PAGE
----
Stage I Non-Small Cell Lung Cancer

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Stage 1 non-small cell lung cancer (NSCLC) is the designation given to this type of lung cancer when tumors are very small and haven't spread. If you're diagnosed at this point in the disease, your prognosis is very good.

There might not be obvious symptoms with early-stage lung cancer, so it's important to be aware of subtle signs of advancing disease. If your doctor catches the disease before it has progressed beyond stage 1, you'll have several treatment options and there's the possibility for a cure.


An Overview of Staging For Non-Small Cell Lung Cancer


In very rare instances, lung cancer may be detected before stage 1 when it's considered stage 0 lung cancer, also described as carcinoma-in-situ. In most cases, lung cancer is not diagnosed when tumors are so small that they don't interfere with someone's day-to-day functioning, and this disease usually isn't identified until it is in the advanced stages.

Only about 12 to 15% of NSCLCs are detected when they're still at stage I, according to a large study.

Your oncologist might describe the stage of your cancer based on the TNM system, where T stands for tumor size, N stands for lymph nodes, and M stands for metastasis (the spread of cancer). According to the TNM system, stage 1 lung cancer can be designated as either stage 1A or stage 1B, depending on how advanced it is.

Stage 1 Lung Cancer
Stage T, N, M Designation Tumor Size and Lung Involvement
T1mi, N0, M0
Minimally invasive adenocarcinoma no more than 3 cm
Part in lung tissues is no more than ½ cm
T1a, N0, M0
No more than 1 cm
Has not grown into the membranes that surround the lungs
Does not affect the main branches of the bronchi 
T1b, N0, M0
Between 1 cm and 2 cm
•Has not reached the membranes around the lungs
•Doesn't affect the main branches of the bronchi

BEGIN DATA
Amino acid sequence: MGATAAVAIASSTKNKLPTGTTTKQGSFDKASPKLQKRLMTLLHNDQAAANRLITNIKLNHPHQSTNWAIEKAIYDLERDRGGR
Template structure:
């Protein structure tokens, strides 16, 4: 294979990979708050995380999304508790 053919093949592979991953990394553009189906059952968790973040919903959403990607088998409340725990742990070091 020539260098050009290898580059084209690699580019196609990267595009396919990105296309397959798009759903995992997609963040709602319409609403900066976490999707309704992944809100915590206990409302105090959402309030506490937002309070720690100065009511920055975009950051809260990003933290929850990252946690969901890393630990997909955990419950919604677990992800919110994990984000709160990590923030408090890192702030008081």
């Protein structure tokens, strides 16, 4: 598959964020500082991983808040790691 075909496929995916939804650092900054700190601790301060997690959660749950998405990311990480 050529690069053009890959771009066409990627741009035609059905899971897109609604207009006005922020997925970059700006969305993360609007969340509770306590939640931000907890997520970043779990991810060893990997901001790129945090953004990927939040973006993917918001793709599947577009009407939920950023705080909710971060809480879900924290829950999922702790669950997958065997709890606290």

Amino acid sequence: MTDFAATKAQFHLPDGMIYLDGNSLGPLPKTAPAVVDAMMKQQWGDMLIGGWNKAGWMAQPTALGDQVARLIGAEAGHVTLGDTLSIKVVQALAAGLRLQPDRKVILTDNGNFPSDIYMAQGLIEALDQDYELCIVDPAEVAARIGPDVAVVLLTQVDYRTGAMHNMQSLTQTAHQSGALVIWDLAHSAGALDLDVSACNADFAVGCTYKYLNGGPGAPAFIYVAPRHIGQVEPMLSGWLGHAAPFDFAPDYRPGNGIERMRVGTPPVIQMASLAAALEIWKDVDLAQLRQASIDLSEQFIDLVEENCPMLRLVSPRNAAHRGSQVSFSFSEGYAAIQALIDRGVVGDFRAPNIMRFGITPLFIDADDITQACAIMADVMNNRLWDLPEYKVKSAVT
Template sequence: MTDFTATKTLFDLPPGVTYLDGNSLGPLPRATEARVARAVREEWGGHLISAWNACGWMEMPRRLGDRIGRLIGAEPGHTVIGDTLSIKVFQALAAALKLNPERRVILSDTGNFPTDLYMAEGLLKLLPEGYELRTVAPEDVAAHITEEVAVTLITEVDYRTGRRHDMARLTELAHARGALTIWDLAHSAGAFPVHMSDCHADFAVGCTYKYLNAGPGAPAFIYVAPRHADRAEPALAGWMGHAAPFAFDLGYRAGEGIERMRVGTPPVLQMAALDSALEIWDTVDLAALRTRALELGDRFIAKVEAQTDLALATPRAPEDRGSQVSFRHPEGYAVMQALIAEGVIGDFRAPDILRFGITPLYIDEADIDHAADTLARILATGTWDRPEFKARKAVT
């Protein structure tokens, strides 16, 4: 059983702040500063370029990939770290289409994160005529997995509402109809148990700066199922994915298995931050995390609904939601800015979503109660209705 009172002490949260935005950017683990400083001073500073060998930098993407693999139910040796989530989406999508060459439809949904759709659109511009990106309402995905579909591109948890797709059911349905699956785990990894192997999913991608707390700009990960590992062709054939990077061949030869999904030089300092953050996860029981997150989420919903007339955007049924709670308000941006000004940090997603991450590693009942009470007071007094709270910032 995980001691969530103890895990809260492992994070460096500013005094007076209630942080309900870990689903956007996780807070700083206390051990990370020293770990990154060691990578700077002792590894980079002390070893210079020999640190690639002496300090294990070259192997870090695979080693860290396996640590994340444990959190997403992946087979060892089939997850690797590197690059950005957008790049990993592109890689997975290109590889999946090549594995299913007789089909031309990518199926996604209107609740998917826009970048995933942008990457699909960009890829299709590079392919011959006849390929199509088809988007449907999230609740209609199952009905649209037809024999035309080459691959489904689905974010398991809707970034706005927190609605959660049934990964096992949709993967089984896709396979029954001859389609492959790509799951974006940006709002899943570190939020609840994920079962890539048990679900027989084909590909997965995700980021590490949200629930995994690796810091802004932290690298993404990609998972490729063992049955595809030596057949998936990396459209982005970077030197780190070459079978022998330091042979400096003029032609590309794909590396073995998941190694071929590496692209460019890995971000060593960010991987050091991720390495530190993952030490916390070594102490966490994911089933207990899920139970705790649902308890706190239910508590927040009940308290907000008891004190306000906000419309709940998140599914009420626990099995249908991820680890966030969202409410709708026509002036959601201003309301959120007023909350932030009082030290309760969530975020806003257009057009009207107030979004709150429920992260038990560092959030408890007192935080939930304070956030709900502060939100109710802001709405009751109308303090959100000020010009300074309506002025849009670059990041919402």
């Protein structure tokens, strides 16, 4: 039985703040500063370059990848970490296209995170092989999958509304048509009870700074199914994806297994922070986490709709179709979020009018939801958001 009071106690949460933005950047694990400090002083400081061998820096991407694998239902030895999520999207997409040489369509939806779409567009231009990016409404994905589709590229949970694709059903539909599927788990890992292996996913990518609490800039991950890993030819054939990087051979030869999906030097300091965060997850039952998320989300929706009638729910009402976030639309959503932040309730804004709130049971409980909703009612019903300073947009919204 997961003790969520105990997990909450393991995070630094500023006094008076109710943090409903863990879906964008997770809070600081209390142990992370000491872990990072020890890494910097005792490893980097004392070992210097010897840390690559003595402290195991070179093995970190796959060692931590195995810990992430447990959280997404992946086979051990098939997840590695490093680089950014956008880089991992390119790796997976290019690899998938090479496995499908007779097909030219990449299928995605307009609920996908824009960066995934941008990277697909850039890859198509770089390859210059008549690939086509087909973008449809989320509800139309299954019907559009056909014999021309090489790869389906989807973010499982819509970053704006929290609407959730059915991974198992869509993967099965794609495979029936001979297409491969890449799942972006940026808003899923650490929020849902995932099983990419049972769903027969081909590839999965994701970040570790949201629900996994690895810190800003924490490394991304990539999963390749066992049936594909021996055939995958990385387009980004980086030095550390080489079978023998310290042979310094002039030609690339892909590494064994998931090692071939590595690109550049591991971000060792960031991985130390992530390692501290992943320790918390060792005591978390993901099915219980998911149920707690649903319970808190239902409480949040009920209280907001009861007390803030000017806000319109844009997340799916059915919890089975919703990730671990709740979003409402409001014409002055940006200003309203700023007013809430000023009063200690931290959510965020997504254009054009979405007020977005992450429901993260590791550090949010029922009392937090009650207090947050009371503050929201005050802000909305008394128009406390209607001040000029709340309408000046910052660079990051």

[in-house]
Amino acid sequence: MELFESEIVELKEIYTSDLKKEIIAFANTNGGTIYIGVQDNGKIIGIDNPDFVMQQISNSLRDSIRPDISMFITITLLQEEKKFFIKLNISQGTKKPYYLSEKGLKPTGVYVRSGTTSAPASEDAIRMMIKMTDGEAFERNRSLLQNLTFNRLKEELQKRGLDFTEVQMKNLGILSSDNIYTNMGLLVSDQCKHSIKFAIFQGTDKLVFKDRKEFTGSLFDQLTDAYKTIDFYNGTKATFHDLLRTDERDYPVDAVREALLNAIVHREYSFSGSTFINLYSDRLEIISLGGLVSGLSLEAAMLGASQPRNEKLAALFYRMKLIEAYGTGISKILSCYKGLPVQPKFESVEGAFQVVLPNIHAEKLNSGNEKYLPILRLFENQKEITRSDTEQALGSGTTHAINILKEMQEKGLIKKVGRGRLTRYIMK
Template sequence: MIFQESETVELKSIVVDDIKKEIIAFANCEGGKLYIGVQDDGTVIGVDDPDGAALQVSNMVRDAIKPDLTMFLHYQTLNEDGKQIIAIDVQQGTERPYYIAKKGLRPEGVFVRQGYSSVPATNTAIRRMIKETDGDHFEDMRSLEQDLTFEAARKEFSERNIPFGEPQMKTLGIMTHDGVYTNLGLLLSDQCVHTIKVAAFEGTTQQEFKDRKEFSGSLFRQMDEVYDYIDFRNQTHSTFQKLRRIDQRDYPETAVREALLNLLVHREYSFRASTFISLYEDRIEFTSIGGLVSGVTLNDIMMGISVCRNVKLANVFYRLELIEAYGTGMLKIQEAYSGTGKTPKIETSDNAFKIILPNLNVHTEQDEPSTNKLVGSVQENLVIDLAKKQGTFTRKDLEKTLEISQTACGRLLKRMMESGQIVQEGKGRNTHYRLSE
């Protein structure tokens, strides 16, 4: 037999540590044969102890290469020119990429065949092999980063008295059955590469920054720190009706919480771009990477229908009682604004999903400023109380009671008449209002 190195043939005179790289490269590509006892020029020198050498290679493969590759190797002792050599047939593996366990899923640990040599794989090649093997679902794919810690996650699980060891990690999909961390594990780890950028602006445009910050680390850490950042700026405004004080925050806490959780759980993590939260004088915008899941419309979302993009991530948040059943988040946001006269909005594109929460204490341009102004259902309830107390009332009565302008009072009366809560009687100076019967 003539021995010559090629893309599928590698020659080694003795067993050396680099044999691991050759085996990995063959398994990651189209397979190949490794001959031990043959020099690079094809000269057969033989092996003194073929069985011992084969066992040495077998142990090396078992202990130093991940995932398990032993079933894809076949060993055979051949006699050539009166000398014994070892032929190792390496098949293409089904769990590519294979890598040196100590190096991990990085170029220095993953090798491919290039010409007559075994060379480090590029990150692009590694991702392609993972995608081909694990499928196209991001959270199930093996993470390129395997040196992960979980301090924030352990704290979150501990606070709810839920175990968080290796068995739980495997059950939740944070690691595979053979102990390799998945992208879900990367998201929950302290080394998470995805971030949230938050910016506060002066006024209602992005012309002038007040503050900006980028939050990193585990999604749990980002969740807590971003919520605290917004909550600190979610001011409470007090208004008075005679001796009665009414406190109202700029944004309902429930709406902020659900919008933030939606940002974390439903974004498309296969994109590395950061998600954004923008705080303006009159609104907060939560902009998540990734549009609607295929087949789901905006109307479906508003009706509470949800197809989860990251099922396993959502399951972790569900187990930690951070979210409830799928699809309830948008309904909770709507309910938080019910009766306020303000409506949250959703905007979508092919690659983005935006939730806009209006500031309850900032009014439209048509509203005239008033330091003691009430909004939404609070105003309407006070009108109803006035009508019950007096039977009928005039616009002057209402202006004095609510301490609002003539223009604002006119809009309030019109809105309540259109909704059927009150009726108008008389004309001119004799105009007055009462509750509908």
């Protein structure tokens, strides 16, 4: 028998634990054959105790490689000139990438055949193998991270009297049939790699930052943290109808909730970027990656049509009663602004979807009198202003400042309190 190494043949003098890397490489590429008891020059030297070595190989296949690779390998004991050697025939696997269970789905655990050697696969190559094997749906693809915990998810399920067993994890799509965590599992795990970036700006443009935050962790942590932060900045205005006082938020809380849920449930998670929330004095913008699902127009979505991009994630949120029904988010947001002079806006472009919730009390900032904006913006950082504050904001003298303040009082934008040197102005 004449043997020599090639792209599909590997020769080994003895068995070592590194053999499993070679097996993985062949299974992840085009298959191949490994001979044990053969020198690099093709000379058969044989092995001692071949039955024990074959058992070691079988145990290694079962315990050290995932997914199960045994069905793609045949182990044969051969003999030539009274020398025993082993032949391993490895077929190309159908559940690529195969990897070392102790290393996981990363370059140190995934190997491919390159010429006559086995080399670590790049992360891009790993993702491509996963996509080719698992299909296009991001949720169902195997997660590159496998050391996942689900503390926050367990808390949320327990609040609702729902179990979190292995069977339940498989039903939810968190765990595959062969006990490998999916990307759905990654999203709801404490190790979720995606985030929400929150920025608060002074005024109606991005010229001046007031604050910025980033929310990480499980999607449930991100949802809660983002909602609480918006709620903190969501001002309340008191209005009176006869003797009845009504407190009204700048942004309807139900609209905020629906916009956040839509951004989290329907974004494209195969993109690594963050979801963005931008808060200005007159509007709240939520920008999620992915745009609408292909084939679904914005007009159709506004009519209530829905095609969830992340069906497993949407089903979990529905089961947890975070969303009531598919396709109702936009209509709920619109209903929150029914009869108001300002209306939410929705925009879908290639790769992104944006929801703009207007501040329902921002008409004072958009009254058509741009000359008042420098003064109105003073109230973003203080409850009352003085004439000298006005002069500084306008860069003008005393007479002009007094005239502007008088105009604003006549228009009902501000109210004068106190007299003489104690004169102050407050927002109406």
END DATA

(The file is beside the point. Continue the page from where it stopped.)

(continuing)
T1c, N0, M0
Between 2 cm and 3 cm
•Has not reached the membranes around the lungs
•Doesn't affect the main branches of the bronchi  
T2a, N0, M0

•Between 3 cm and 4 cm OR
•Meets one or more of the following criteria:
1) Has grown into a main bronchus, irrespective of the distance to the carina    
2) Has grown into the membranes surrounding the lungs
3) Partially clogs the airways

In each of these, there is no spread to lymph nodes or other parts of the body (metastases).


If you're diagnosed with stage 1 NSCLC, it's often the result of an incidental finding on an X-ray that was done for another reason. If you're at risk for lung cancer, though, your doctor might order a computed tomography (CT) screening to screen you for the disease.

While symptoms aren't common, they can include:

Since stage 1 cancer is localized and small, it doesn't usually cause fatigue, unintentional weight loss, or significant pain.

When there is no risk of lung cancer, physicians can miss subtle signs of this disease. In fact, a third of people who are eventually diagnosed with lung cancer visit their doctor three or more times with symptoms that are related to cancer before being accurately diagnosed.

doctor team x-ray
utah778 / Getty Images


The stage of cancer is a major factor in the determination of the right treatment.


Surgery is the treatment of choice for stage 1 lung cancer. However, it may not be possible in some cases due to the location of the tumor or if you can't tolerate surgery due to your baseline general health.

If surgery is recommended, your tumor will be removed with one of three types of procedures: